The figure describes the iAqueduct framework of methodologies and approaches. It includes six closely connected working packages (WPs). WP1 deals with the scaling from global satellite water cycle products to field-scale water states, which includes both the surface and profile information on soil water states. Specifically, WP1 will advance the space-time characterization of soil moisture and evapotranspiration processes through the combined use of field, UAS, and satellite observations. In particular, the combined use of high-resolution soil characteristics and satellite data will increase our capabilities to describe soil moisture and evapotranspiration processes with high-level detail.

It has been demonstrated that soil hydraulic and thermal properties (SHP/STP) play a critical role in determining soil water and heat flow at field/plot scales, while such information is rarely available at such detailed scales. WP2 will apply pedotransfer functions to derive local field specific SHP/STP properties for the modelling of soil water and heat dynamics at field-scale precision. It will bridge soil spectral information that can be obtained at a high resolution by satellites and UAS and the needed soil properties that are traditionally obtained at limited locations by in situ sample collections.

Using the information obtained from the two previous WPs, WP3 attempts to retrieve field- and grid-specific relationship functions between soil properties, soil moisture, and evapotranspiration. Such a relationship function is expected to advance the current hydrological modelling concepts, in which the actual evapotranspiration is parameterized on the availability of soil moisture using untested (linear) assumptions. Field-specific functions will be developed on the basis of downscaled satellite observation of soil moisture and evapotranspiration, and their combined analysis with in situ measurements and UAS observations.

WP4 is expected to advance ecohydrological modelling by intercomparing models with different levels of complexity, in terms of the soil–water–vegetation–atmosphere transfer processes involved. It sets to explore the advantages and disadvantages of these different models, while aiming at reducing the reliance on in situ observations for model parameterization and taking full advantage of UAS, airborne, and satellite observations. It focuses on the parameterization of the minimalist soil moisture models, coupled soil and plant models, and crop growth models.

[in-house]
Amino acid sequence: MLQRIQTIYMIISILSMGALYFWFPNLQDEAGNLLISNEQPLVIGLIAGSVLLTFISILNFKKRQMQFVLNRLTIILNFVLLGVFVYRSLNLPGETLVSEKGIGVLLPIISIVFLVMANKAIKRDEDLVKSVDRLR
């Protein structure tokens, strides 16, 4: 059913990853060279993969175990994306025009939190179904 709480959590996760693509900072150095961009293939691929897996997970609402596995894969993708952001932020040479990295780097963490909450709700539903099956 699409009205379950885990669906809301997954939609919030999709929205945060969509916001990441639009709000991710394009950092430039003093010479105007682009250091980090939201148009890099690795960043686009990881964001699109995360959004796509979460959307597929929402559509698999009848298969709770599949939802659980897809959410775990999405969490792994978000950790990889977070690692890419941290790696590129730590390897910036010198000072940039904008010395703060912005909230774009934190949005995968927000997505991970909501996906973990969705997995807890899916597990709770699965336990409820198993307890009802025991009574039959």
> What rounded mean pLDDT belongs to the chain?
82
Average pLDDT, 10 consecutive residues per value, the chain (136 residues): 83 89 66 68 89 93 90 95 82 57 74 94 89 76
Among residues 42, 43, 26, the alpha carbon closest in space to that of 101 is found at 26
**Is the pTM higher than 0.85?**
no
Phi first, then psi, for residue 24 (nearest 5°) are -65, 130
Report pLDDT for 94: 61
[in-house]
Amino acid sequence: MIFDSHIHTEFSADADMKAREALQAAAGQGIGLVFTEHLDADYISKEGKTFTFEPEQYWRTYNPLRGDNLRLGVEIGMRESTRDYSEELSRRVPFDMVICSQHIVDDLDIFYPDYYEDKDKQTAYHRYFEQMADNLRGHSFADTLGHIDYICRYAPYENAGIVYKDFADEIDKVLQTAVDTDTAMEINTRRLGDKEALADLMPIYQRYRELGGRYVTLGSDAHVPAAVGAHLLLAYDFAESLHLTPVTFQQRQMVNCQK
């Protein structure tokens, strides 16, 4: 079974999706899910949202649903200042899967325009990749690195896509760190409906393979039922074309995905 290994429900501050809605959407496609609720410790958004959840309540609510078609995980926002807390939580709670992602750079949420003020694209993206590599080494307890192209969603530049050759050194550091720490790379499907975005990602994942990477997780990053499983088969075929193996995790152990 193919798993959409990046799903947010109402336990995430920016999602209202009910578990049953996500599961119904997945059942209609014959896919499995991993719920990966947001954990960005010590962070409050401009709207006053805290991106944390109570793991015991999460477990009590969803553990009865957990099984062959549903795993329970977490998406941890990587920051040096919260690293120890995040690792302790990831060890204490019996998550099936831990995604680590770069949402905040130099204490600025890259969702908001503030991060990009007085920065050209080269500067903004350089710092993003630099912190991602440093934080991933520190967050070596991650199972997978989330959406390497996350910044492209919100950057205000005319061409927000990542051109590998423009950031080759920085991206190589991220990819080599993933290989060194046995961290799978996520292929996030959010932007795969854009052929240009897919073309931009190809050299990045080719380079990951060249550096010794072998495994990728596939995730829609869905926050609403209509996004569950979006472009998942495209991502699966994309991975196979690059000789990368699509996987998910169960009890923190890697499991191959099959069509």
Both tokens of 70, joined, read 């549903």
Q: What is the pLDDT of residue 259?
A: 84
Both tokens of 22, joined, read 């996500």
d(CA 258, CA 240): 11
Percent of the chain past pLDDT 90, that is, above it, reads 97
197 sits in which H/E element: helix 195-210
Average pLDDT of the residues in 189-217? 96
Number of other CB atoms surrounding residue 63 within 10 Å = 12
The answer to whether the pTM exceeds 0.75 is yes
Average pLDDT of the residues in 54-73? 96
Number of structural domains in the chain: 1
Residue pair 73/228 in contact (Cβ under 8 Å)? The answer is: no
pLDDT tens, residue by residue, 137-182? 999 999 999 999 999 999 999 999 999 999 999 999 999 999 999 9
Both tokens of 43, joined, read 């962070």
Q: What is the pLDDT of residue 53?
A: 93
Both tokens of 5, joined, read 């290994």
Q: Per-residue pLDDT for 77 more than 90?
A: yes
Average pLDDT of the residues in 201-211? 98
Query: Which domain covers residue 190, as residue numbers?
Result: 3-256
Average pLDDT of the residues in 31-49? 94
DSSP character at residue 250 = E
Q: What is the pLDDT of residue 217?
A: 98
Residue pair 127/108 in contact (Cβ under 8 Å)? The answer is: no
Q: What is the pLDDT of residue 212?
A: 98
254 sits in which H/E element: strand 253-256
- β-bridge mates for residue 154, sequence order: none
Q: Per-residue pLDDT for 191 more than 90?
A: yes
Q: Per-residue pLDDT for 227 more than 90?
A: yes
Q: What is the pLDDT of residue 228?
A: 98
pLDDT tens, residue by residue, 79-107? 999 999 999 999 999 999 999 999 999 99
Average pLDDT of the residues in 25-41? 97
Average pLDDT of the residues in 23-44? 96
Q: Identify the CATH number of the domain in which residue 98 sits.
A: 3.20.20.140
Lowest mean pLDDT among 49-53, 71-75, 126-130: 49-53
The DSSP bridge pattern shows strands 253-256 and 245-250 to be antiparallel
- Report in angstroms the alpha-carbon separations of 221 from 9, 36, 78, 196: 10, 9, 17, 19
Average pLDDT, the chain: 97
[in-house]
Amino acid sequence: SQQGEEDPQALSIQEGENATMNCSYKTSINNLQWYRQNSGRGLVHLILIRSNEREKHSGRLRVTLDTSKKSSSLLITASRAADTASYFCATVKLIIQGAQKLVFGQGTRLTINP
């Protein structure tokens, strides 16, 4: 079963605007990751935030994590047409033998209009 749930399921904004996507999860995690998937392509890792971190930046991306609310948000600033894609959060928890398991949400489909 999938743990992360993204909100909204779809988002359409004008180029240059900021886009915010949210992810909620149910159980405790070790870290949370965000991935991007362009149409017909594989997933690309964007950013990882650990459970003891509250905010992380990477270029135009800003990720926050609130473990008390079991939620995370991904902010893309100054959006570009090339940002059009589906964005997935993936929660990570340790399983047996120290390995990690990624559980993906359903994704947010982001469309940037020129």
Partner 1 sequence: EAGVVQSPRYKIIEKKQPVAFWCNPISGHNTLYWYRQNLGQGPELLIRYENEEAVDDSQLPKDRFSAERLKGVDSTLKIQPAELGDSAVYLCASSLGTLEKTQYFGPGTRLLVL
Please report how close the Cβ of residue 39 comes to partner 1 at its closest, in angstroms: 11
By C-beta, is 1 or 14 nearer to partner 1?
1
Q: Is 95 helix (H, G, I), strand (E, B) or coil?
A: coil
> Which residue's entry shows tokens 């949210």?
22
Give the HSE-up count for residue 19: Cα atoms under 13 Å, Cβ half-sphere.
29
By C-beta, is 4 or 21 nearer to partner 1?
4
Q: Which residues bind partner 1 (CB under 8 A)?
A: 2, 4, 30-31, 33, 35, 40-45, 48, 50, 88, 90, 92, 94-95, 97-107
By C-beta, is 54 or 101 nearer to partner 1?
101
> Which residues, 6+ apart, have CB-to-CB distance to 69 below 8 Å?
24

WP5 will then demonstrate the benefits in closing water cycle gaps from the global to local scale, in terms of how to effectively handle spatiotemporal data (from in situ, UAS, and satellites), regarding ecohydrological model calibrations and accuracy evaluations of simulated spatial patterns of ecohydrological variables. Particularly, numerical experiments will be conducted for the calibration of a parsimonious-distributed ecohydrological daily model in ungauged basins using exclusively spatiotemporal information obtained from WP1, WP2, and WP3, to link the scales from plant to plot, sub-catchment, and catchment/basin.

WP6 is about disseminating and communicating generated knowledge, data, and tools to water managers, companies, and farmers for actual sustainable water management of their responsible domains. Particularly, to address stakeholders’ requirements, iAqueduct will develop an integrative information system (an open source iAqueduct toolbox), which will integrate models, soil parameters, forcing and field-scale observation, and gridded water states and fluxes to support the translation of science knowledge into water productivity information for the smart management of water resources. The goal is to develop potentially effective approaches connecting science to the society, thus influencing citizens towards desirable behavior in water management.